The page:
New website will explore 150 years of Polish immigration (From East London and West Essex Guardian Series)
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New website will explore 150 years of Polish immigration in Waltham Forest
Bronwyn Goodwin, Share UK web developer (far right), meets members of the Polish community at The Mill to discuss From Poland to Waltham Forest (Image: Mark Burton)
Descendants of Polish immigrants from the mid-1800s are being asked to contribute to a new website documenting 150 years of Polish immigration in Waltham Forest.
The Heritage Lottery funded ‘From Poland to Waltham Forest’ project is looking to find descendants of workers at the Lebus Factory to start collecting stories, photographs and letters for the website.
The furniture factory in Ferry Lane, Tottenham Hale, was a major employer in the borough in the 1900s employing many Polish Jews who fled Nazi-occupied Europe in WWII.
More than a thousand employees helped the allied war effort by turning their hands from making Arts and Crafts furniture to making war planes and supplies like ammunition boxes and stretchers.
Share UK, a non-profit community organisation in Higham Hill Road, Walthamstow, received £40,000 of funding to collect people’s stories about the history of the Polish community in the borough and put them online.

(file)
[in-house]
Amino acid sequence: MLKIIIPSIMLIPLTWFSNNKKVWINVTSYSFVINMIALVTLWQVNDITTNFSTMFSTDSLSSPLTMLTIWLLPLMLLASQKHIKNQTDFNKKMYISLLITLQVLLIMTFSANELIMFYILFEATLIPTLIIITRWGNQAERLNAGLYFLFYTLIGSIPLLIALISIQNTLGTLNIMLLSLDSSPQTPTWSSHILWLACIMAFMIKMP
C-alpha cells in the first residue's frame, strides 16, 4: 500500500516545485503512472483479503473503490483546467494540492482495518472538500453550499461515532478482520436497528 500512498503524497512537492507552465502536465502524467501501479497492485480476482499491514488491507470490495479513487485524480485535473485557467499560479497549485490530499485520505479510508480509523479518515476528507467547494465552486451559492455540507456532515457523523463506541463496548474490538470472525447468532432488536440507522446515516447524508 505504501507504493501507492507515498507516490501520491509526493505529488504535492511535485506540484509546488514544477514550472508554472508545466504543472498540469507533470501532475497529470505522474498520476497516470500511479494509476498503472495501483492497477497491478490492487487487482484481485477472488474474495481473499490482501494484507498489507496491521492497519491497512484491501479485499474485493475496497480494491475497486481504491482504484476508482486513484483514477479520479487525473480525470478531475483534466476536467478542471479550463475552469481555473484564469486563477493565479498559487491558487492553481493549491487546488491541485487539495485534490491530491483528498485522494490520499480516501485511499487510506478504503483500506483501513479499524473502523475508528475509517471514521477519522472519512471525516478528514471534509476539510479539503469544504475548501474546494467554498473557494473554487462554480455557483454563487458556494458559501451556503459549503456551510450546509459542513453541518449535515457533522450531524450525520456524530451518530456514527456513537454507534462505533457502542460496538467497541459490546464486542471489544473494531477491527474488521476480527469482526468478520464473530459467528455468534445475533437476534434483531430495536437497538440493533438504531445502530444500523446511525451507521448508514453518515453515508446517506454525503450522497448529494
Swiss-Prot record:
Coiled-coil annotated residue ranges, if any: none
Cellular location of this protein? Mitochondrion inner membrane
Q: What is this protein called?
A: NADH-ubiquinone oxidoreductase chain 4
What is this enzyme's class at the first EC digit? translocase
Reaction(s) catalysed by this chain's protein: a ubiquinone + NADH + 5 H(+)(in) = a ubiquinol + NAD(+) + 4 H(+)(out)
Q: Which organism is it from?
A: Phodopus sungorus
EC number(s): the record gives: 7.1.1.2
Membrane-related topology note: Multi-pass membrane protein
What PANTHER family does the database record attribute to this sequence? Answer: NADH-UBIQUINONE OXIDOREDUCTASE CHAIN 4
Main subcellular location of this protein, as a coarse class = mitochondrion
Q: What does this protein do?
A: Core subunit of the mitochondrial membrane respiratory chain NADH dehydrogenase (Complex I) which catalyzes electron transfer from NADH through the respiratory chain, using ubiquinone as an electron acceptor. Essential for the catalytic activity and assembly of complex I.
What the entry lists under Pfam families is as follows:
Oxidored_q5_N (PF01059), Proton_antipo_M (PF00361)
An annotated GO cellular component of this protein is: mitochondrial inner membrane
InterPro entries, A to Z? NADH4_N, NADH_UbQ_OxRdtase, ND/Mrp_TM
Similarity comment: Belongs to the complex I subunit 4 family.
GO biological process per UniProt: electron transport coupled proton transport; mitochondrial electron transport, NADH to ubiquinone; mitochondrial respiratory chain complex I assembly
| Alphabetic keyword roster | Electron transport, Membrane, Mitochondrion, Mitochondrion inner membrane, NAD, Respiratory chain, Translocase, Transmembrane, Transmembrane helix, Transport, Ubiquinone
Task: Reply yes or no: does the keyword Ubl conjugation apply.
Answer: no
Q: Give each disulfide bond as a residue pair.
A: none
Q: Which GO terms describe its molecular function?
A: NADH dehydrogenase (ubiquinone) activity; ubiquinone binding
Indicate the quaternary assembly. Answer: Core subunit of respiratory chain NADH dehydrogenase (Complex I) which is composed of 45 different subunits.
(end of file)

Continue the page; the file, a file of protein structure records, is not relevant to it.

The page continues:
Share UK Chairwoman, Esther Freeman, 38, said: “This is not a political project but I hope it will help people understand that Polish people really have a long history here and it’s much more complex than Poland joining the EU.
“This is a project about communities and how they've come together and what they've contributed to Waltham Forest.
“I hope the non-Polish community will better understand that and the Polish community will feel more integrated.”
Anyone with connections to the Polish community of Waltham Forest in the mid-1800s to the present day is invited to attend a group discussion on Tuesday night at The Mill in Coppermill Lane, Walthamstow, from 7-8pm.
This will kick off the year long project which will result in a website where people can upload their own stories, photographs and letters to build a picture of 150 years of Polish immigration in the borough.
For more information, contact Esther Freeman on firstname.lastname@example.org
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